By Cameron Preston*
Last year I penned an article in which I voiced concern over Government-owned Southern Response’s performance.
More than a year on it was with interest that I read that they seemingly continue to underestimate their claim liability.
On Friday Treasury released its updated financial statements for the three months ended 30 September 2014.
The result was $79 mln worse than forecast.
Treasury stated "The key driver of the OBEGAL variance movement was Southern Response ($76 mln), as a result of their updated actuarial valuation of the claims liability".
$76 mln is a relatively an insignificant amount, however in the year of the ‘wafer thin surplus’ it has added significance.
Last year I noted the rise in Southern Response’s claim liability to $2.1 bln.
Since then it has increased further to $2.4 bln, and according to Treasury’s statement is continuing to climb north.
Firstly the pace of Southern Response’s claim settlement is slow, with the rate of new claim arrivals (from EQC) only barely outpacing the resolution of existing claims:
While technically this slow settlement speed places Southern Response in breach of the conditions of its government guarantee, no one, including claimants wants to see them lose that support.
Given the Government has also had the benefit of $580 mln of AMI’s investments in the form of Treasury bills since April 2012, I can understand the lack of any real push for progress from Southern Response’s Shareholding Ministers.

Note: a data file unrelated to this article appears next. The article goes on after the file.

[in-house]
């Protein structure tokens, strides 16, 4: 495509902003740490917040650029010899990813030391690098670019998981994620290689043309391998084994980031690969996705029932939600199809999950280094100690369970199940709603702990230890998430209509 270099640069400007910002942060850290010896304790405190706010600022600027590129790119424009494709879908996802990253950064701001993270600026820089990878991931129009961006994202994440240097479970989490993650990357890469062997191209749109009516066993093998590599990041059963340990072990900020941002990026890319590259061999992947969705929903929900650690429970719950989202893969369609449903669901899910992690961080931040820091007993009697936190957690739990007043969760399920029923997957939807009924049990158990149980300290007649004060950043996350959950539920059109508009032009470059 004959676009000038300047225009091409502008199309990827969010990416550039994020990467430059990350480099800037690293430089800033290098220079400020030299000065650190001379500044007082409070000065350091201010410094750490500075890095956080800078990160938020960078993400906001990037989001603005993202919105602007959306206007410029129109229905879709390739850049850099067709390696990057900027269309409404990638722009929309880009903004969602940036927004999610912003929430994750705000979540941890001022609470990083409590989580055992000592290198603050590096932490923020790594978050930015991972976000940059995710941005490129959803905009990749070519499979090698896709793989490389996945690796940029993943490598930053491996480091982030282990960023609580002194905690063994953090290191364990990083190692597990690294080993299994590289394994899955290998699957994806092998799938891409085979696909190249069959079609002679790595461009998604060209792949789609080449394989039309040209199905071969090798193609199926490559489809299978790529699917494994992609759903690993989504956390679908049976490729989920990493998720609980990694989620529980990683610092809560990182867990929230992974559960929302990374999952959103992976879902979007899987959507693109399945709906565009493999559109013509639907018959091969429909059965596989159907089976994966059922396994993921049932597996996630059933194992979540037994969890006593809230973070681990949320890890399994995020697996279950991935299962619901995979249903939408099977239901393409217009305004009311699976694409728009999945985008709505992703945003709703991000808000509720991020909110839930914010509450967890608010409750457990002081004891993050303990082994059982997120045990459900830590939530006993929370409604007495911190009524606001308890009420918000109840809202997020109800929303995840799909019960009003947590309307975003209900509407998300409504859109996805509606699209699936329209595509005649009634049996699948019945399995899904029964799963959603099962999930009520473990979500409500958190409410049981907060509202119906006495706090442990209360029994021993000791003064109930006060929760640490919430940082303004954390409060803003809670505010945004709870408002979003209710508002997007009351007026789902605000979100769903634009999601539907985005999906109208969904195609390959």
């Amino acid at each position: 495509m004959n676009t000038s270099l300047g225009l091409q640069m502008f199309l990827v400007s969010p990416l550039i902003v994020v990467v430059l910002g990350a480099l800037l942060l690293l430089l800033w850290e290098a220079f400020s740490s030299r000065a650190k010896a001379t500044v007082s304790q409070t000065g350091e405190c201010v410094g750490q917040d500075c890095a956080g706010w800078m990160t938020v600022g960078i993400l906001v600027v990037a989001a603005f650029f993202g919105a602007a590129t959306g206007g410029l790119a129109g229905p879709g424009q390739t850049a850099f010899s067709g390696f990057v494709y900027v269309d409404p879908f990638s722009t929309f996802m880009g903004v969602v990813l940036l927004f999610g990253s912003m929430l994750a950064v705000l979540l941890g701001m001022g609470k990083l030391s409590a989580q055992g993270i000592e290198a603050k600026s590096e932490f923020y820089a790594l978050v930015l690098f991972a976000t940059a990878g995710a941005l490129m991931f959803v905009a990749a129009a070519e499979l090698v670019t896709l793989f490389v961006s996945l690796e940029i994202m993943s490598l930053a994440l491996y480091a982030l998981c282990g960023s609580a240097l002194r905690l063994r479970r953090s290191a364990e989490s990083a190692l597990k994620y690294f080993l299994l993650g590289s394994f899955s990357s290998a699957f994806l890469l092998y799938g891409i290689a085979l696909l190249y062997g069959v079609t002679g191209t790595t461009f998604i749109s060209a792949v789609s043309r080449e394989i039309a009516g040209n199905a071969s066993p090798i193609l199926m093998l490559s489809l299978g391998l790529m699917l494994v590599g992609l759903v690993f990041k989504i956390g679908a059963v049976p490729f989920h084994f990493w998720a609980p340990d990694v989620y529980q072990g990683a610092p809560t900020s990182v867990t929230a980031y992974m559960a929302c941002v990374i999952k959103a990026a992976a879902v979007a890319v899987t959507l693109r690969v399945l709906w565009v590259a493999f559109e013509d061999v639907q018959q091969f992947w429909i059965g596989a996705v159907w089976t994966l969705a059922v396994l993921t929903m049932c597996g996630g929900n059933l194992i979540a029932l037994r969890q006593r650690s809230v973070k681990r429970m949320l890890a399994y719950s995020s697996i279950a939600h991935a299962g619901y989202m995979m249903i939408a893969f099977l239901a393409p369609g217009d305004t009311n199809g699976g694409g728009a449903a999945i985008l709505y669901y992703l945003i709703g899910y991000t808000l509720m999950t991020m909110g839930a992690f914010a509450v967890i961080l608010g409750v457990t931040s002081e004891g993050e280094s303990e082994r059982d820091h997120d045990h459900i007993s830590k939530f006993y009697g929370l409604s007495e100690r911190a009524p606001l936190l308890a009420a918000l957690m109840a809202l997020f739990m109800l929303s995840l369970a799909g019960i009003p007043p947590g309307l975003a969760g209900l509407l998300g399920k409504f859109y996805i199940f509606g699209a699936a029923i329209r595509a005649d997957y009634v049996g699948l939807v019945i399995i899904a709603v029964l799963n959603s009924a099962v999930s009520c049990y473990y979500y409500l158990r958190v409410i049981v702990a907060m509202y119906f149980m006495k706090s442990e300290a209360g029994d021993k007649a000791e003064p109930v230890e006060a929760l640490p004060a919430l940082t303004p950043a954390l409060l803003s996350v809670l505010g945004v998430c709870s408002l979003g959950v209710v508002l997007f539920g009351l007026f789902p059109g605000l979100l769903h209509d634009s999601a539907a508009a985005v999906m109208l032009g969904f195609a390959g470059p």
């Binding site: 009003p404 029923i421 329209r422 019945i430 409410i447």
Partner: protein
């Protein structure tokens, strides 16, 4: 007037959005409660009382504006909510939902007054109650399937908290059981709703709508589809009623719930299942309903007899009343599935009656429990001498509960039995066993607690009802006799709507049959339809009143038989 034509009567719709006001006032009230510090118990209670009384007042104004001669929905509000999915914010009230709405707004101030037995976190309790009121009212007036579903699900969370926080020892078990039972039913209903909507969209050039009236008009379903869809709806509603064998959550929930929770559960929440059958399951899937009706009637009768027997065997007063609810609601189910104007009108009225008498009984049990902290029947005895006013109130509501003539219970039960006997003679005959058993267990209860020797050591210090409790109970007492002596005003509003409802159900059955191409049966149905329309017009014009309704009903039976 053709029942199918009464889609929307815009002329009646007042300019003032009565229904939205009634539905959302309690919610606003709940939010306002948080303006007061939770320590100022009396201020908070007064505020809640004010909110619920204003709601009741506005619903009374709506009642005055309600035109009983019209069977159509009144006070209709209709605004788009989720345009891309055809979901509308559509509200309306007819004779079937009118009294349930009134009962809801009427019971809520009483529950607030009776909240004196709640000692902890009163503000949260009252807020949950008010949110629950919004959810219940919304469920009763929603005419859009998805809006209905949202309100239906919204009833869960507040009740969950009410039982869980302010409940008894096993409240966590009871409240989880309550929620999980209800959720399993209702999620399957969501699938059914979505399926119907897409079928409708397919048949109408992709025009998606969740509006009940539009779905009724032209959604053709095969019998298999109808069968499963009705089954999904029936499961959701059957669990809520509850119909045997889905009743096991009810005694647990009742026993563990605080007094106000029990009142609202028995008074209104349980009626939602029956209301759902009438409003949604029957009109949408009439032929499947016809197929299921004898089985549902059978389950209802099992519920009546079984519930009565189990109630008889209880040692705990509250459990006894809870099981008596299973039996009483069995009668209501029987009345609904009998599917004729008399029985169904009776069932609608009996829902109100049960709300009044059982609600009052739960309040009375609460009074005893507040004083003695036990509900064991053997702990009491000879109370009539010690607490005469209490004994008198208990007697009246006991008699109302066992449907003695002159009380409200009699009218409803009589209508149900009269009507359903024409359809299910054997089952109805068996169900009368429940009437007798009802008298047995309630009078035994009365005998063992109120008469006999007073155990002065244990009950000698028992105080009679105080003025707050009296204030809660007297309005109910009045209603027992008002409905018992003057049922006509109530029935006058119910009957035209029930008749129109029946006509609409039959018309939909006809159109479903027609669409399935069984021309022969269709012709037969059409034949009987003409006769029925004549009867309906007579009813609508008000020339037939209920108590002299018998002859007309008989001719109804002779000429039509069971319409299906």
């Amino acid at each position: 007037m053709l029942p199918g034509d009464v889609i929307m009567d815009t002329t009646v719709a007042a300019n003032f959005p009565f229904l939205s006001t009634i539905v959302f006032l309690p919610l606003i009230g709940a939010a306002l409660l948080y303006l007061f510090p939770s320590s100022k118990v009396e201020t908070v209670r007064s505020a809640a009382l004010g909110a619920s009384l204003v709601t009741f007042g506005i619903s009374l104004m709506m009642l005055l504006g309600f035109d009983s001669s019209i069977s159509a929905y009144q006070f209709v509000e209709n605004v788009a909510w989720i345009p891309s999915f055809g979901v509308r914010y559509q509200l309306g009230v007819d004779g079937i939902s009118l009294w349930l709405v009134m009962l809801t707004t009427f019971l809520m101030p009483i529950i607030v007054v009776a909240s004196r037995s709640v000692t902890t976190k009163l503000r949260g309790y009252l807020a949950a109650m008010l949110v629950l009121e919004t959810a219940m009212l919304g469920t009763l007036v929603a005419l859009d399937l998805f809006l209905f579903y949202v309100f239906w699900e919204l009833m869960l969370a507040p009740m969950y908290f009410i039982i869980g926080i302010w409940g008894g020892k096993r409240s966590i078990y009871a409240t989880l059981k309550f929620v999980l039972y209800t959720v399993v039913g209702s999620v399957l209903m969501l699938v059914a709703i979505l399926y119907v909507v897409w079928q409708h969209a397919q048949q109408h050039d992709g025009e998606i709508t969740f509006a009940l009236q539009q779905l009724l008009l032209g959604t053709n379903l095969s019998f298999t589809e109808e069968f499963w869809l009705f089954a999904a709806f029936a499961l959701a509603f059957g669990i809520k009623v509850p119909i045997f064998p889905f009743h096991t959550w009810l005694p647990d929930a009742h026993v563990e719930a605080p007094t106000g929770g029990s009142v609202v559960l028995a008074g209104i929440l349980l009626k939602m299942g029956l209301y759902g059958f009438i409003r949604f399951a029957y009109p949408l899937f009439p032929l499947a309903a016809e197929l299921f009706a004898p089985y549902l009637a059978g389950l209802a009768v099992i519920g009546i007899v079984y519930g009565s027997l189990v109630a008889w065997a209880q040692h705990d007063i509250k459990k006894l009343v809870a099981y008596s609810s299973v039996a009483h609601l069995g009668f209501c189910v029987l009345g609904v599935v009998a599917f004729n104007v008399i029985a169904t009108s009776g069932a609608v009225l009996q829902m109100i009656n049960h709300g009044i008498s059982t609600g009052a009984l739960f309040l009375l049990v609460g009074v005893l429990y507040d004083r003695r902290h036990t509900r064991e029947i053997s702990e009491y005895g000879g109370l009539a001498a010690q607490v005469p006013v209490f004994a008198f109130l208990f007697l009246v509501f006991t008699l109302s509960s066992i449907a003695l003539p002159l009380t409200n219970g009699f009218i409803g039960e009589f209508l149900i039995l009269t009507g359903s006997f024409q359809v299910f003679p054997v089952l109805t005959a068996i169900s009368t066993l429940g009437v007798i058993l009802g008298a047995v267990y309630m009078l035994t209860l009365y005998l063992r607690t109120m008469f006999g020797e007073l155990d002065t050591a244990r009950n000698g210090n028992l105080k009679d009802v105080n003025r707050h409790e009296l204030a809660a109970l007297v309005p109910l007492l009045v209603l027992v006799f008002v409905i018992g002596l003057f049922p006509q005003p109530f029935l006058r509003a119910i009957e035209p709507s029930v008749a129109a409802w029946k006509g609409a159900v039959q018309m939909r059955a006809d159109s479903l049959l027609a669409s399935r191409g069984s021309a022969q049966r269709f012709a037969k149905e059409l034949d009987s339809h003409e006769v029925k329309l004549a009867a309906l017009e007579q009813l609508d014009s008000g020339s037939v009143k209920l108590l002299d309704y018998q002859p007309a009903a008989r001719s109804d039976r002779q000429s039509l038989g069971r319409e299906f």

Secondly, Southern Response is finally beginning to experience the actual cost of residential construction in modern New Zealand.
While it has only rebuilt a total of 369 new homes in Canterbury to date, the actual cost of those new homes is being fed back into their actuarial models – and it is not pretty.
Evidence I have been provided with shows an average cost to rebuild an average home with Southern Response is approximately $500,000 incl GST, excluding land.
And that is simply the average, with many homeowners (especially in the less accessible Port Hills areas and land damaged ‘TC3’ areas) telling me their rebuild costs are in the millions.
These are much higher than Southern Response estimates.
Thirdly, as Southern Response drains the last of its reinsurance, it seems to have overestimated the value of some of those reinsurance contracts.
In the last financial year alone $37 mln of reinsurance expense was recognised.
A further $140 mln of reinsurance receivable sits on its balance sheet at present, unrecovered but also currently unimpaired.
Lastly, Southern Response’s claim handling costs continue to escalate.
The number of employees earning more than $100,000 pa has increased from 16 in 2013 to 29 in 2014, with its CEO earning a modest $540,000 pa, despite assurances it is in wind-down mode.
Not to mention all their expensive subcontracted ‘project managers’ and consultant ‘experts’ continuing to endlessly re-assess properties.
The result of all these factors is that of $1 bln of taxpayer funding the government estimated at the time of the bailout, over $900 mln can be accounted for in these costs.
An early sale of AMI’s customers to IAG has given the crown company an additional $245 mln of breathing space.
Taking that into account, the current estimated cost to the taxpayer sits at $658 mln but rising.
Claimants continue to be appreciative of taxpayer support.
But taxpayers need to be aware Southern Response’s claim liability will continue to increase.
Claimants can't and won't be held responsible for Southern Responses continuing low estimates of damage or the time they are taking to settle claims.
Cameron Preston is a Christchurch homeowner who has longstanding unresolved quake insurance claims.